bs outline paper2 - In his article, Famine, Affluence, and...

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In his article, “Famine, Affluence, and Morality,” Peter Singer holds that each of us (the relatively well-off in affluent nations) has a moral obligation to give a portion of our resources to alleviate the suffering and death of others. One might immediately agree with this statement, as we would feel that we are performing a good deed to society, however, this is a somewhat controversial topic due to certain criticisms. Singer believes that the people are not doing their duties of what is necessary to prevent these shortages. They value other personal things more than the lives of other humans. This results in these third-world countries having to make the choice between starving now or decreasing their development rate, which would result in starvation in the long run. Singer claims that people are aware of these issues, but they just need to change their moral framework. His moral point of view requires us to look beyond the interests of our own society to a level of more global concern. Peter Singer opens his strong argument with the highly indisputable claim that suffering and death from lack of food, shelter and medical care are bad. He does not argue for this premise because basically any given person on any given day would agree to this uncontroversial statement. Singer then states that if we can do something to help prevent suffering and death from lack of food, shelter and medicine, without sacrificing anything of morally comparable worth, then we should help. Based on these premises, he then states that it is in our power and duties to prevent suffering and death from lack of food, shelter and medical care without thereby sacrificing anything of comparable moral importance. This principle seems obviously uncontroversial to the normal person, as it requires us only to prevent what is bad and promote what is good based on our moral conditions. In conclusion, we therefore must morally do anything it takes to prevent suffering from these problems, up to the point at which doing the least bit more would require us to sacrifice something of comparable moral importance.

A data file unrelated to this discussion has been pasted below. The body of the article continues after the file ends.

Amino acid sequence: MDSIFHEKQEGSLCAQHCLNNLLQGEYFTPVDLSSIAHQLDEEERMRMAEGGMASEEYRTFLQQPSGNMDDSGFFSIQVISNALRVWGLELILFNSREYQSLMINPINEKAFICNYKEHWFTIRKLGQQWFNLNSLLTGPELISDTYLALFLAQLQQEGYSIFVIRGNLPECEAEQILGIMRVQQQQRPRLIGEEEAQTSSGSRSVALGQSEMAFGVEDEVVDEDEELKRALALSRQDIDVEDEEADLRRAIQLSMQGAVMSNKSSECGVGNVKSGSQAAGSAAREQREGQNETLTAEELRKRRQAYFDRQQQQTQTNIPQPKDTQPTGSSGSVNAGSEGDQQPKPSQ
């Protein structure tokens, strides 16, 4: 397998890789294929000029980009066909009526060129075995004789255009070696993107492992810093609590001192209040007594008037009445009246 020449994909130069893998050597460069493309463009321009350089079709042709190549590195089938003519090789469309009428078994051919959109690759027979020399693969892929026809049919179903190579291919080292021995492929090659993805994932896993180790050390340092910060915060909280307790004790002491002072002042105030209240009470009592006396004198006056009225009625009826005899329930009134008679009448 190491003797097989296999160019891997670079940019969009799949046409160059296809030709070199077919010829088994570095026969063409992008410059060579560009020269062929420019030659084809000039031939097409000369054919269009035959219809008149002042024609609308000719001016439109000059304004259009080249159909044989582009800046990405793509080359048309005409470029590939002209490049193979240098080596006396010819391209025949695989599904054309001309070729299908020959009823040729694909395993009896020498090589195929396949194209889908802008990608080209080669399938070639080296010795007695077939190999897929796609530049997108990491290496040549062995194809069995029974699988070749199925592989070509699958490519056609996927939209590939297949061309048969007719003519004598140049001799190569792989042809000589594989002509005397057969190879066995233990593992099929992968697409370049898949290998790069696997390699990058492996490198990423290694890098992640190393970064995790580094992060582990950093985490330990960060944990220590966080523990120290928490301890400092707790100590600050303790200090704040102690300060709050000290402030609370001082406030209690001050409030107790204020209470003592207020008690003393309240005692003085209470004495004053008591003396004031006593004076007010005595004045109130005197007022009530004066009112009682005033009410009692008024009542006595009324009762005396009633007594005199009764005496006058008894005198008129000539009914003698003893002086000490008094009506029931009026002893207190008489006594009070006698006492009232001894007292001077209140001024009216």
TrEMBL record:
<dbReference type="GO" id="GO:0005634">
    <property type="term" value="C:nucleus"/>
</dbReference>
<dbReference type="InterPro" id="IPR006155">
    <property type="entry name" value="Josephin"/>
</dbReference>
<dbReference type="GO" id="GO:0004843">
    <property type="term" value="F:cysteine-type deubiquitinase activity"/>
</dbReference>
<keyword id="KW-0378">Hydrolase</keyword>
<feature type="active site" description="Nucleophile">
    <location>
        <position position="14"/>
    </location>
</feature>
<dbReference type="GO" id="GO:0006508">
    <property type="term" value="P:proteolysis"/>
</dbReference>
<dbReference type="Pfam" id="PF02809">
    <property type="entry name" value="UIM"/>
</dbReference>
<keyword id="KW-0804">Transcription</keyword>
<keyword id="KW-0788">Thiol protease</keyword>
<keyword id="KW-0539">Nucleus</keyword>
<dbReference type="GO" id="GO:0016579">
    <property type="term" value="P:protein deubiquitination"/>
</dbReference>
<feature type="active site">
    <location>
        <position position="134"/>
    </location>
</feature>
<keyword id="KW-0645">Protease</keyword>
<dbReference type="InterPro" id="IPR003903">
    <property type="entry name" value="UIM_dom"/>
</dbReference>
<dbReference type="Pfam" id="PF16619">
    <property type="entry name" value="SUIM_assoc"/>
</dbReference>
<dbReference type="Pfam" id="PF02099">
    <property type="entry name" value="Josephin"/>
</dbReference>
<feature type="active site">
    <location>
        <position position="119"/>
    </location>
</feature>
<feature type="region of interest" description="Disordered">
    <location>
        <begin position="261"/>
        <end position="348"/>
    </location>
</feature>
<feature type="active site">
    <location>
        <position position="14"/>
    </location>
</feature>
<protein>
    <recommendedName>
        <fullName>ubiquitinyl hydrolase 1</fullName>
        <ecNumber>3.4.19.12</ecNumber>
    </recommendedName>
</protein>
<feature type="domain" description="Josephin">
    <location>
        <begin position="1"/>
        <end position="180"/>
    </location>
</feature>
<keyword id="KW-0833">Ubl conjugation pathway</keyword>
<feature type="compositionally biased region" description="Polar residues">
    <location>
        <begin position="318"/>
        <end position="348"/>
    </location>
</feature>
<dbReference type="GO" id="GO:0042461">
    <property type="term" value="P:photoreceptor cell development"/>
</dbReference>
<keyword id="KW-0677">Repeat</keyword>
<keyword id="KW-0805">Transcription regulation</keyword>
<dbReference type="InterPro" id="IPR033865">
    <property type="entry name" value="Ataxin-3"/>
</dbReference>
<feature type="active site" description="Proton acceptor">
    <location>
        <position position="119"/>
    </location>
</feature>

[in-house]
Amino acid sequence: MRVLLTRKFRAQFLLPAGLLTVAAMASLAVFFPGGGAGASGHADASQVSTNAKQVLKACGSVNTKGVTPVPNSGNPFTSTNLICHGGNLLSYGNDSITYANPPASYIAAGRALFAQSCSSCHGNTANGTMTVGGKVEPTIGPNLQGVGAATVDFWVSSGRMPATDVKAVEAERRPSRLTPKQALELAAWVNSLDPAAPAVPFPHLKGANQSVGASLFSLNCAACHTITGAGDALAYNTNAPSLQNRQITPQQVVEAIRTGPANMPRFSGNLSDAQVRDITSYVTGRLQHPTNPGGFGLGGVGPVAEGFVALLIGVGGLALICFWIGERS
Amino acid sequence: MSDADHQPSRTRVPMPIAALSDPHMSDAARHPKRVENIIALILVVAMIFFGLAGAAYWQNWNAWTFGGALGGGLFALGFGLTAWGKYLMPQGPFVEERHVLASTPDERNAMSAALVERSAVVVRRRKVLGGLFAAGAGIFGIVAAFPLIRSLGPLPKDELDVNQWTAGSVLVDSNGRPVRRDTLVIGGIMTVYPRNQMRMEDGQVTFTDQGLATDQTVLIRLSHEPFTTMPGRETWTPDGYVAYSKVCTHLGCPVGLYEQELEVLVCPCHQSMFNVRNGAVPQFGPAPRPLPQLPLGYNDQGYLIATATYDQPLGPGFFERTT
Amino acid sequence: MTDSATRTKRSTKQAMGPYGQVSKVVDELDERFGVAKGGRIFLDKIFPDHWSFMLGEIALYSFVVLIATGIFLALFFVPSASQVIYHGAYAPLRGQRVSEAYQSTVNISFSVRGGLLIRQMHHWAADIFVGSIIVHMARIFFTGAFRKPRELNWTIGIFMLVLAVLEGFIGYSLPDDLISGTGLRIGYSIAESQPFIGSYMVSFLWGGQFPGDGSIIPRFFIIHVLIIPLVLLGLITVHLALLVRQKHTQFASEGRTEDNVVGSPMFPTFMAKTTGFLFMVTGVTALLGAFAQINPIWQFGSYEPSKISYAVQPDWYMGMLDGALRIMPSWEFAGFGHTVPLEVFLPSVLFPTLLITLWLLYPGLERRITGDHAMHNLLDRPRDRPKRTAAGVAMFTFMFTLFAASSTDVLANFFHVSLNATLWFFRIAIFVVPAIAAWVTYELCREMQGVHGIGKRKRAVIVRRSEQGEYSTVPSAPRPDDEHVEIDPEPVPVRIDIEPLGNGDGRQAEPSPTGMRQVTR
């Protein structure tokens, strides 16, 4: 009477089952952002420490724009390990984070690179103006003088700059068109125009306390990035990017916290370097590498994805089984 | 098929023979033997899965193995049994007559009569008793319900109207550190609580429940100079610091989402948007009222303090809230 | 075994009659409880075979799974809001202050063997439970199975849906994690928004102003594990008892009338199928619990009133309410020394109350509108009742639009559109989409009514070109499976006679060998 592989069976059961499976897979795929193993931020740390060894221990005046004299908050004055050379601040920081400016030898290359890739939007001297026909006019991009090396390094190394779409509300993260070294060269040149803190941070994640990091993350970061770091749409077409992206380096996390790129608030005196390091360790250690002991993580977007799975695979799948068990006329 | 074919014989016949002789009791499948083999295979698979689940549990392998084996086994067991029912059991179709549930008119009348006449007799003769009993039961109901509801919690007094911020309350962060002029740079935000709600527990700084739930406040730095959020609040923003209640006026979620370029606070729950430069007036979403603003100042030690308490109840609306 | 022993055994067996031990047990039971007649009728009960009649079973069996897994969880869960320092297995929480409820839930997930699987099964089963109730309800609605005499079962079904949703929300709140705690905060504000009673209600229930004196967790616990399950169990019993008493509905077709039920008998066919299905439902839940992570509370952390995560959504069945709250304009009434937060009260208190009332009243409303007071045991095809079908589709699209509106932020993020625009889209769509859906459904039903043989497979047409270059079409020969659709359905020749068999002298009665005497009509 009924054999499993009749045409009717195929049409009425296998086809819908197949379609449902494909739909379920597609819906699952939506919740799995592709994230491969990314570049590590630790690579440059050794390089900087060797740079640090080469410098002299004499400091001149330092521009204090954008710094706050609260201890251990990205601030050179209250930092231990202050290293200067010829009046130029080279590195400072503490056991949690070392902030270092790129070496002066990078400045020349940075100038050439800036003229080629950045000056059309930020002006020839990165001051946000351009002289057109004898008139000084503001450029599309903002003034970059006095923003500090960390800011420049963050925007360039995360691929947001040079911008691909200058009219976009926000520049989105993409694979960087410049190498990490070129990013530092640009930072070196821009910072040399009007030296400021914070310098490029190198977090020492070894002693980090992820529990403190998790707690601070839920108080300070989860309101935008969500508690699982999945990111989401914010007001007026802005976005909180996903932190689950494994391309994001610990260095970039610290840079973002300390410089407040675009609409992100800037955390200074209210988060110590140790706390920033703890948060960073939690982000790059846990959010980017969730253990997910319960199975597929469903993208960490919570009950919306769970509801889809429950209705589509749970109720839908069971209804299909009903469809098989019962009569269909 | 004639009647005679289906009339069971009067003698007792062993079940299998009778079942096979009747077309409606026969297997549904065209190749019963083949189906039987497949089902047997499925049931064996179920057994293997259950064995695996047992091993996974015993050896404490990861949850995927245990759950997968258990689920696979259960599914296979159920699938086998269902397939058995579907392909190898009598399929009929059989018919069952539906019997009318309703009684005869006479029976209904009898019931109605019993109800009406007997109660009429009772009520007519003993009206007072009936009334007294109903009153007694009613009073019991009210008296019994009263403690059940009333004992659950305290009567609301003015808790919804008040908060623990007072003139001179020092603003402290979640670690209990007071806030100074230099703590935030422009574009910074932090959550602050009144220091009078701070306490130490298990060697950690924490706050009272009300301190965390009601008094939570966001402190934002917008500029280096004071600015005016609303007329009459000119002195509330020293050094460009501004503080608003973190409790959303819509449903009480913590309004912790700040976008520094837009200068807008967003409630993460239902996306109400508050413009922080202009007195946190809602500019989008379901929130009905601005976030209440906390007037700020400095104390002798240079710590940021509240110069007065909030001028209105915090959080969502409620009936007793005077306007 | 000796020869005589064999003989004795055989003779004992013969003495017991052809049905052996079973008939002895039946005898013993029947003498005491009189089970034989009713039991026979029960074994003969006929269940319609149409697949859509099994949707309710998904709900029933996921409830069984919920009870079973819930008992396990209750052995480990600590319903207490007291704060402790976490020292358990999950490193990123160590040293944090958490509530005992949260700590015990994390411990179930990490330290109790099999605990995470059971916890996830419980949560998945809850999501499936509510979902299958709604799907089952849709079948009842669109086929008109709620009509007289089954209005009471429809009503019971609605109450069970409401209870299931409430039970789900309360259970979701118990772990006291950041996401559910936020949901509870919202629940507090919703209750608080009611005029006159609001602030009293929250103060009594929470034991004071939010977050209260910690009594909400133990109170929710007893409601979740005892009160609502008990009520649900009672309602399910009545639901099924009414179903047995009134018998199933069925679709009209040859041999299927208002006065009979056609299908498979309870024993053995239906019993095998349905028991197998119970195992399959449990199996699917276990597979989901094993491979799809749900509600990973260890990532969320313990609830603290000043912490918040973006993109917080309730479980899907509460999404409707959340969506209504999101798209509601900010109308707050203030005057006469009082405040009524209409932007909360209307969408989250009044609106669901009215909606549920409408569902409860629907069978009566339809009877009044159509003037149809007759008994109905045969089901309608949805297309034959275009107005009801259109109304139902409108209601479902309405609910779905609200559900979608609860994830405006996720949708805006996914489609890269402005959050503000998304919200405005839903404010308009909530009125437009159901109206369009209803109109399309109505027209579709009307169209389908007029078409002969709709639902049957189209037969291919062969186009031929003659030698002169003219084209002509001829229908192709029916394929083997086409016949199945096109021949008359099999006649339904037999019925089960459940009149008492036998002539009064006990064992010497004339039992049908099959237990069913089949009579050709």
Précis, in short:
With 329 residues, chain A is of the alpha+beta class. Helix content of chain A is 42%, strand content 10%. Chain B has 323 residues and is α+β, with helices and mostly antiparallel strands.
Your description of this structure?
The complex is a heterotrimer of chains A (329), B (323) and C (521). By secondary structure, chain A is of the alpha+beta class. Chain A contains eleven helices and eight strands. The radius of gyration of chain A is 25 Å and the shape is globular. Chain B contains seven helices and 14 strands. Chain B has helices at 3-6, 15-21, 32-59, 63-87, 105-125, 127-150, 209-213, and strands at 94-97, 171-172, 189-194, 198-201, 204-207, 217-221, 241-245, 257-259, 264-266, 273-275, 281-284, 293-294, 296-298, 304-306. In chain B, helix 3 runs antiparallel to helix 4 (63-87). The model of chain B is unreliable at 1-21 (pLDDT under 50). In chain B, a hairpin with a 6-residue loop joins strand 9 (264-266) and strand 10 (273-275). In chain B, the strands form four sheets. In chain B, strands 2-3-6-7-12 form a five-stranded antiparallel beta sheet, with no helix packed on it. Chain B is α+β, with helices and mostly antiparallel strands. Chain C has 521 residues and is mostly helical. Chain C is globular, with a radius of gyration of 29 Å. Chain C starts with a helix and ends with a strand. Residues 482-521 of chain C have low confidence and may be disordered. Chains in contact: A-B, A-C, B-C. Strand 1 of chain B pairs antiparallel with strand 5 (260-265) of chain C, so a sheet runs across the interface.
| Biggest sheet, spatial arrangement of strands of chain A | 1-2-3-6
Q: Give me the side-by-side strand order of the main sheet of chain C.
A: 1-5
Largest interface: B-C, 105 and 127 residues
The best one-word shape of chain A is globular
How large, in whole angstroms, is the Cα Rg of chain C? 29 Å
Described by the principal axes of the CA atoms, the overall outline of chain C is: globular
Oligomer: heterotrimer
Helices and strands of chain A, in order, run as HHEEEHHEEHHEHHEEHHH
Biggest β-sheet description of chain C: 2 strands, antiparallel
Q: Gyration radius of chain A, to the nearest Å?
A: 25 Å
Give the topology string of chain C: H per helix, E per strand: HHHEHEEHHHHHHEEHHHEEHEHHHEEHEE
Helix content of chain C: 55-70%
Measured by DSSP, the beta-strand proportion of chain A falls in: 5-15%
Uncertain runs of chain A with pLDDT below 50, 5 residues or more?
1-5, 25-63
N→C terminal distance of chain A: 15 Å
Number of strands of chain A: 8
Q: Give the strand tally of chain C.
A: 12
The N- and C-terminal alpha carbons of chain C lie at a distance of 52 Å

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By a way of demonstrating his argument, Singer uses an analogy of a child drowning in a puddle. If we were walking down the street and saw a similar situation, we would be morally obliged to rescue the child from drowning if the only cost to us were to ruin our clothes. Very few people would deny that we are obliged to save the child when the cost to us is so little, especially since the death of the child would presumably be a bad thing. Singer’s argument has generated a lot of discussion. The main question is whether or not there is any evidence that Singer’s argument has made a difference in the way people behave. His argument might make people feel guilty, but unless that guilt stimulates a person to help, it
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bs outline paper2 - In his article, Famine, Affluence, and...

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